Technology ID

RP2 and RPGR Vectors For Treating X-linked Retinitis Pigmentosa

Lead Inventor
Wu, Zhijian (NEI)
Swaroop, Anand (NEI)
Mookherjee, Suddhasil (NEI)
Hiriyanna, Suja (NEI)
Li, Tiansen (NEI)
Development Stages
Pre-clinical (in vivo)
Lead IC

X-linked forms of retinitis pigmentosa (XLRP) are relatively severe blinding disorders, resulting from progressive photoreceptor dysfunction primarily caused by mutations in RPGR or RP2 gene.

This technology is poised to advance RPGR or RP2 gene therapy to clinical stage using AAV8 or AAV9 vector carrying human full-length RPGR or RP2-coding sequence.  The investigators have performed a wide dose range study over 18-months and found it to preserve rod and/or cone function as evidenced by ERG and/or OCT, optomotor tests. Morphologically, the treatment preserved rod and cone viability, and corrected mistrafficking of cone opsin and/or rhodopsin. The therapeutic effect was also achieved in advanced disease stage. The broad treatment window and long-lasting therapeutic effects make the RPGR and RP2 gene therapy attractive for clinical development.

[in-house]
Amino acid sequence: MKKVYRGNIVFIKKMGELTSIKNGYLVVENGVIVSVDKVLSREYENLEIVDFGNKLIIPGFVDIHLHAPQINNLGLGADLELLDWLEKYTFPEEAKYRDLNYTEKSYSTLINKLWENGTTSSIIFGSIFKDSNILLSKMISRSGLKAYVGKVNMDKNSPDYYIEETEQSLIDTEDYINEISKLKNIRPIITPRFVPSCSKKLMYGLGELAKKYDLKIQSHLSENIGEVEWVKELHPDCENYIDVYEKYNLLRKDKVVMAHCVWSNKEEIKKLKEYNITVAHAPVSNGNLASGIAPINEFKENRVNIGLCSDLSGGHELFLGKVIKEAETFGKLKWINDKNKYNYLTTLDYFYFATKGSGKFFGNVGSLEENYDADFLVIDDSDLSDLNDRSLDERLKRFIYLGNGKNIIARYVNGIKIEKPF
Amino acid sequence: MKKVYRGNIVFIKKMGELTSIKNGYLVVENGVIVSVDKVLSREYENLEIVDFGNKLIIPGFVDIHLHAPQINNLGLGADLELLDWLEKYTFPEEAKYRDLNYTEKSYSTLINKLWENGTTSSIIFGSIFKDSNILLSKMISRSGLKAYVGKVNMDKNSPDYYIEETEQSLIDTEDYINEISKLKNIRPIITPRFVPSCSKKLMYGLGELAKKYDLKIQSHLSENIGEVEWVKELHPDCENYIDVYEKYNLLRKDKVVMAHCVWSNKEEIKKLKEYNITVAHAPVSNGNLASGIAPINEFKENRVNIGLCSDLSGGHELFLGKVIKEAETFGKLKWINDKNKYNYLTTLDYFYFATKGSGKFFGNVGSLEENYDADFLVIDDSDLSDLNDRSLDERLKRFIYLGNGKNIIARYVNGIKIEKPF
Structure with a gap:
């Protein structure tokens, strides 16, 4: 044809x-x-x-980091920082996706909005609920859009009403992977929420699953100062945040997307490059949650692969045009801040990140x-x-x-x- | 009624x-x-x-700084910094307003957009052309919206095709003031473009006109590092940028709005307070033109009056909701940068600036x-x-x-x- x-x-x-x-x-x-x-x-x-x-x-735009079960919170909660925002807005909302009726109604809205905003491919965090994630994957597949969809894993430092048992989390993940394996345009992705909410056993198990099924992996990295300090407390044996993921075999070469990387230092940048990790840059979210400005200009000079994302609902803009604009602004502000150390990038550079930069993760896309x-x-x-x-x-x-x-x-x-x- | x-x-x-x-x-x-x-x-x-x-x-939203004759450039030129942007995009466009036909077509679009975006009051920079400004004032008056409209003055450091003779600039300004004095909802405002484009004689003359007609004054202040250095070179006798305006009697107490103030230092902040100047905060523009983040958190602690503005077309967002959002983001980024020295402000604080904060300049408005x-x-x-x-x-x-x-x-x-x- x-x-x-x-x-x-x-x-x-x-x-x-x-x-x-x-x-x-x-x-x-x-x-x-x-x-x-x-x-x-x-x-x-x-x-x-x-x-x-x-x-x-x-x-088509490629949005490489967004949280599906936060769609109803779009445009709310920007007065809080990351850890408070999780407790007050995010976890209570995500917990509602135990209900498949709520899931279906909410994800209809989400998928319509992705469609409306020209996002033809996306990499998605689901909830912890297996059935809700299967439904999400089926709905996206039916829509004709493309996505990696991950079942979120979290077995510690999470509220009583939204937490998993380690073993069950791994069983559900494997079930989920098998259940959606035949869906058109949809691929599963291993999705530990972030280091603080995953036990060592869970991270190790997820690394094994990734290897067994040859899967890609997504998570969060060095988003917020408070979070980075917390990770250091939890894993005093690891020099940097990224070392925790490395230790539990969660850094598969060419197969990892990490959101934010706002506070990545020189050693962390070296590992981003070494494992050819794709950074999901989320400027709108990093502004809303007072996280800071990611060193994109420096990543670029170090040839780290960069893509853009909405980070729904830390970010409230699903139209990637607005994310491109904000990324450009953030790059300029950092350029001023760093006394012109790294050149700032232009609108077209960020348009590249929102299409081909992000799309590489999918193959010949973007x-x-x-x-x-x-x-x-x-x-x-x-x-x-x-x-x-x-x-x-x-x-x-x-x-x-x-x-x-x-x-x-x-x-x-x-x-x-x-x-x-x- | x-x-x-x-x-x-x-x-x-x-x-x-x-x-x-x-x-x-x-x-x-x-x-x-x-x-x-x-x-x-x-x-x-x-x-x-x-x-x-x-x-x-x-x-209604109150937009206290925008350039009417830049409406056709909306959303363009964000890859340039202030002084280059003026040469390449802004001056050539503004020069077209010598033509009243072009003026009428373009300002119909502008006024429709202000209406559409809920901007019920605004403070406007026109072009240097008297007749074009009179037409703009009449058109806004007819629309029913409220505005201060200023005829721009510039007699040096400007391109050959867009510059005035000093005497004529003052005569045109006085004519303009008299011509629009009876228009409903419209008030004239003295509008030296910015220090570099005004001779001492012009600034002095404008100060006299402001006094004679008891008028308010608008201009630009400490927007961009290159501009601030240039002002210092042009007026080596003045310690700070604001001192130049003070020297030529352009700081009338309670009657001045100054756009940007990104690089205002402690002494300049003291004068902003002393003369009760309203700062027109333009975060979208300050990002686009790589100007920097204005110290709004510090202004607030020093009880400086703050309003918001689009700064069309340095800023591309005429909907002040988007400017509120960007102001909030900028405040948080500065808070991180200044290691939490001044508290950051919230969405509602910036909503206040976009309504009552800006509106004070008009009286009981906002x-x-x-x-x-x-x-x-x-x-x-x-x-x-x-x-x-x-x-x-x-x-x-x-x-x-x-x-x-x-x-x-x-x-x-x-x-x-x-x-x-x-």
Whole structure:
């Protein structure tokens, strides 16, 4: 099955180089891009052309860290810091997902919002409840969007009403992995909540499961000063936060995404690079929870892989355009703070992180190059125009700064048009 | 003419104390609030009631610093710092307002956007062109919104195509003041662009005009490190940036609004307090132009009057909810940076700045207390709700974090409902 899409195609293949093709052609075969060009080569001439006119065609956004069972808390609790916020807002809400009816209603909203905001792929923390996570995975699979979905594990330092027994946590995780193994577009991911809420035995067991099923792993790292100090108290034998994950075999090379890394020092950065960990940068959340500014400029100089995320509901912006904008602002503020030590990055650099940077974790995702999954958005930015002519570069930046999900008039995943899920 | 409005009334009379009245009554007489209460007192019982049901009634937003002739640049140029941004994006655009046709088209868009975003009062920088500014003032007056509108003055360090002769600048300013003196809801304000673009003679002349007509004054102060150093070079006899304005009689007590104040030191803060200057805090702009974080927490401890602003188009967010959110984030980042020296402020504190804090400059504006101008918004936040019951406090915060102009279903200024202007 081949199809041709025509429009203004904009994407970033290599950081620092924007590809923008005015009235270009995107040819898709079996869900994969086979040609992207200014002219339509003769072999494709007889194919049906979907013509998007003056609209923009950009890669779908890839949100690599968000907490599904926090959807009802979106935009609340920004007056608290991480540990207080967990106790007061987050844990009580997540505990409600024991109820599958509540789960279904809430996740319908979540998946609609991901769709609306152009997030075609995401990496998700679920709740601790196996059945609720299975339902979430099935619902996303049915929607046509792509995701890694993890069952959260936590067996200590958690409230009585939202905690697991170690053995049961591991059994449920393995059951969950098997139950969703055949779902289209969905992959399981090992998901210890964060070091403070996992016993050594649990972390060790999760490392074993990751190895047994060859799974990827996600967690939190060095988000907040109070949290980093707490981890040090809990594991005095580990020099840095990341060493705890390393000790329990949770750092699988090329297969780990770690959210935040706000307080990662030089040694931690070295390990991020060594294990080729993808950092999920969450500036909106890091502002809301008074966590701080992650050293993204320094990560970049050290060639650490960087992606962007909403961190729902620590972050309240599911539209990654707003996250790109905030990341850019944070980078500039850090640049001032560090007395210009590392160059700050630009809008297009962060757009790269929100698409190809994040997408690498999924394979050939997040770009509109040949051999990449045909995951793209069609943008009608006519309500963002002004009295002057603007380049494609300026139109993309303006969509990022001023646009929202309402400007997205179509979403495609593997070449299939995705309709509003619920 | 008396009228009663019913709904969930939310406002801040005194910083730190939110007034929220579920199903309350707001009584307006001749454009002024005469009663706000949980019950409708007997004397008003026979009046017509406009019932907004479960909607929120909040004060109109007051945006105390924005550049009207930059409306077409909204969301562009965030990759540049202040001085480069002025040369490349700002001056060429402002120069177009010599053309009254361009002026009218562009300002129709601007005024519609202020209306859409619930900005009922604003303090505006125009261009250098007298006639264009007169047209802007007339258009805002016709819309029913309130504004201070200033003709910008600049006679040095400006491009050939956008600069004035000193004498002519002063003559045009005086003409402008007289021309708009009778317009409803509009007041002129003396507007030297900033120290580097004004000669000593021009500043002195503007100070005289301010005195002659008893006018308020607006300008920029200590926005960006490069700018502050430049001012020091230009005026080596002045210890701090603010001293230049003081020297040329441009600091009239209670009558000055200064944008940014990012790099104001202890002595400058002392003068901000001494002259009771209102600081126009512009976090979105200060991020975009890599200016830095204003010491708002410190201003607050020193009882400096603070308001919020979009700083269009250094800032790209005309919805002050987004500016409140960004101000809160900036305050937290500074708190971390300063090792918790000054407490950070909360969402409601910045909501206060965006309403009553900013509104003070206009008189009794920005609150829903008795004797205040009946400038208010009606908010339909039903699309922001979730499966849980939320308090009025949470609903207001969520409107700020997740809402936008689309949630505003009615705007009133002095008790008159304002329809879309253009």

This technology is available for licensing, or the NEI research team will entertain potential collaborations that will advance this technology through the remaining preclinical stage toward IND development under a CRADA or a license combined with a CRADA project.

This patented treatment of albinism has not been approved by the U.S. Food and Drug Administration (FDA), and currently there is no active clinical trial to assess this albinism therapy benefit. However, if you are interested in participating in a future or upcoming NIH clinical trial on albinism, please contact NIH clinical coordinator, Ms. Ellaine Galindez-Balut (, for helpful information. Thank you.

Competitive Advantages:

  • Pre-clinical dose efficacy study done 
  • RPGR and RP2 available in both AAV-8 and AAV-9 vectors. 
  • Preclinical data to show that treatment at advanced age also shows remarkable preservation of retinal structure and function.

Commercial Applications:

  • Use in gene therapy to prevent or cure XLRP
  • Preserving cone and/or rod function, restoring ERG and protein in the retina, increasing photoreceptor numbers, decrease in retinal detachments 
  • Improving quality of life, visual acuity, ability to drive and independent living
Licensing Contact:
Alsaffar, Hiba